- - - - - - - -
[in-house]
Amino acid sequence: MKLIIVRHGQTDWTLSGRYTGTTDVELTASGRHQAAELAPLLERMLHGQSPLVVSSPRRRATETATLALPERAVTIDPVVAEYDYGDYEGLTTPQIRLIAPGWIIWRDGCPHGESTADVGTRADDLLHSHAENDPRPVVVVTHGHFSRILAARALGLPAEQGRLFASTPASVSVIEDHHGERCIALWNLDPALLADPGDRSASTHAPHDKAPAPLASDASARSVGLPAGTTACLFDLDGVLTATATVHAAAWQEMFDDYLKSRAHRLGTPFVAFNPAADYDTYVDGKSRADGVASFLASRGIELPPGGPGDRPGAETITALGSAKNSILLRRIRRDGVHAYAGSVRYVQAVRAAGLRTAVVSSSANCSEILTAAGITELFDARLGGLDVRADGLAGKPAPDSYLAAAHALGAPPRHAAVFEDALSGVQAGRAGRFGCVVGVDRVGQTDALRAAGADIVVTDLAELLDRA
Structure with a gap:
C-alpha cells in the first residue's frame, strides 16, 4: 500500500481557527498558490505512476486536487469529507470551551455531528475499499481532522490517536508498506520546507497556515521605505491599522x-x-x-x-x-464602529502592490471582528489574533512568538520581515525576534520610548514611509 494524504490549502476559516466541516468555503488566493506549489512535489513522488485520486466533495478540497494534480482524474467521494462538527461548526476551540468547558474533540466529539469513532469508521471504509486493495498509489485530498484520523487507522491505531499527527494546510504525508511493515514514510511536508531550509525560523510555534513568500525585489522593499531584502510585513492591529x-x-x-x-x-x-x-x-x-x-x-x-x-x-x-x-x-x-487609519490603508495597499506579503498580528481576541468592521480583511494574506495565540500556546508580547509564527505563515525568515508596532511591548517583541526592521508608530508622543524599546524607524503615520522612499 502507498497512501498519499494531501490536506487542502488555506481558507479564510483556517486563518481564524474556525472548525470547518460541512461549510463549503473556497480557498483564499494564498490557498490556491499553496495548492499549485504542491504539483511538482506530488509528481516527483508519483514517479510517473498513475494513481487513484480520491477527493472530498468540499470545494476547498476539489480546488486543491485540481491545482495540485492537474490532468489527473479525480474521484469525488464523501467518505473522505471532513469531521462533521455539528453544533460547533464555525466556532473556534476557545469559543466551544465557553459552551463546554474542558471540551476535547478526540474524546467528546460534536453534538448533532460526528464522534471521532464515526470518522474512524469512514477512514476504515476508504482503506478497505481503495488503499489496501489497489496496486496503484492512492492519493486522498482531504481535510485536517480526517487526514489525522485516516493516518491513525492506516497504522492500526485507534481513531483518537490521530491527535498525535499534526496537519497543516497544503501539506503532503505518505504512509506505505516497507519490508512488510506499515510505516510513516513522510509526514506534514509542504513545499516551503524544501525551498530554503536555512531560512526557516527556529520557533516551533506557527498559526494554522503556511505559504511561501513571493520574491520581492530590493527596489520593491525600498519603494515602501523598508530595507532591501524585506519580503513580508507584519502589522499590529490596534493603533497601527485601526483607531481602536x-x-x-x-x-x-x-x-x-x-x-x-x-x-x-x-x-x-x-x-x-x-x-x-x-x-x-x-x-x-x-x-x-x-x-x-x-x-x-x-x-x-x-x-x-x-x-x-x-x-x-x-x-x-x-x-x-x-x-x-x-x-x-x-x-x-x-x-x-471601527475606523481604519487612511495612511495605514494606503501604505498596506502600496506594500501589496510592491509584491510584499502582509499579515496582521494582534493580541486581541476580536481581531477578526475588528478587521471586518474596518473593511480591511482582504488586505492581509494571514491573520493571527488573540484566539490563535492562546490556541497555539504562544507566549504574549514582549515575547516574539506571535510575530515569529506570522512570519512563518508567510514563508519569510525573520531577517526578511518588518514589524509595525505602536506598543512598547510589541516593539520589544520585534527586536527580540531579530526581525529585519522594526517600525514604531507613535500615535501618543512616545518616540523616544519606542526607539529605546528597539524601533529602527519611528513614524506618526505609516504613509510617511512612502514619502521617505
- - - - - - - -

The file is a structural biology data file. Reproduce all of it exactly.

[in-house]
Amino acid sequence: MKLIIVRHGQTDWTLSGRYTGTTDVELTASGRHQAAELAPLLERMLHGQSPLVVSSPRRRATETATLALPERAVTIDPVVAEYDYGDYEGLTTPQIRLIAPGWIIWRDGCPHGESTADVGTRADDLLHSHAENDPRPVVVVTHGHFSRILAARALGLPAEQGRLFASTPASVSVIEDHHGERCIALWNLDPALLADPGDRSASTHAPHDKAPAPLASDASARSVGLPAGTTACLFDLDGVLTATATVHAAAWQEMFDDYLKSRAHRLGTPFVAFNPAADYDTYVDGKSRADGVASFLASRGIELPPGGPGDRPGAETITALGSAKNSILLRRIRRDGVHAYAGSVRYVQAVRAAGLRTAVVSSSANCSEILTAAGITELFDARLGGLDVRADGLAGKPAPDSYLAAAHALGAPPRHAAVFEDALSGVQAGRAGRFGCVVGVDRVGQTDALRAAGADIVVTDLAELLDRA
Structure with a gap:
C-alpha cells in the first residue's frame, strides 16, 4: 500500500481557527498558490505512476486536487469529507470551551455531528475499499481532522490517536508498506520546507497556515521605505491599522x-x-x-x-x-464602529502592490471582528489574533512568538520581515525576534520610548514611509 494524504490549502476559516466541516468555503488566493506549489512535489513522488485520486466533495478540497494534480482524474467521494462538527461548526476551540468547558474533540466529539469513532469508521471504509486493495498509489485530498484520523487507522491505531499527527494546510504525508511493515514514510511536508531550509525560523510555534513568500525585489522593499531584502510585513492591529x-x-x-x-x-x-x-x-x-x-x-x-x-x-x-x-x-x-487609519490603508495597499506579503498580528481576541468592521480583511494574506495565540500556546508580547509564527505563515525568515508596532511591548517583541526592521508608530508622543524599546524607524503615520522612499 502507498497512501498519499494531501490536506487542502488555506481558507479564510483556517486563518481564524474556525472548525470547518460541512461549510463549503473556497480557498483564499494564498490557498490556491499553496495548492499549485504542491504539483511538482506530488509528481516527483508519483514517479510517473498513475494513481487513484480520491477527493472530498468540499470545494476547498476539489480546488486543491485540481491545482495540485492537474490532468489527473479525480474521484469525488464523501467518505473522505471532513469531521462533521455539528453544533460547533464555525466556532473556534476557545469559543466551544465557553459552551463546554474542558471540551476535547478526540474524546467528546460534536453534538448533532460526528464522534471521532464515526470518522474512524469512514477512514476504515476508504482503506478497505481503495488503499489496501489497489496496486496503484492512492492519493486522498482531504481535510485536517480526517487526514489525522485516516493516518491513525492506516497504522492500526485507534481513531483518537490521530491527535498525535499534526496537519497543516497544503501539506503532503505518505504512509506505505516497507519490508512488510506499515510505516510513516513522510509526514506534514509542504513545499516551503524544501525551498530554503536555512531560512526557516527556529520557533516551533506557527498559526494554522503556511505559504511561501513571493520574491520581492530590493527596489520593491525600498519603494515602501523598508530595507532591501524585506519580503513580508507584519502589522499590529490596534493603533497601527485601526483607531481602536x-x-x-x-x-x-x-x-x-x-x-x-x-x-x-x-x-x-x-x-x-x-x-x-x-x-x-x-x-x-x-x-x-x-x-x-x-x-x-x-x-x-x-x-x-x-x-x-x-x-x-x-x-x-x-x-x-x-x-x-x-x-x-x-x-x-x-x-x-471601527475606523481604519487612511495612511495605514494606503501604505498596506502600496506594500501589496510592491509584491510584499502582509499579515496582521494582534493580541486581541476580536481581531477578526475588528478587521471586518474596518473593511480591511482582504488586505492581509494571514491573520493571527488573540484566539490563535492562546490556541497555539504562544507566549504574549514582549515575547516574539506571535510575530515569529506570522512570519512563518508567510514563508519569510525573520531577517526578511518588518514589524509595525505602536506598543512598547510589541516593539520589544520585534527586536527580540531579530526581525529585519522594526517600525514604531507613535500615535501618543512616545518616540523616544519606542526607539529605546528597539524601533529602527519611528513614524506618526505609516504613509510617511512612502514619502521617505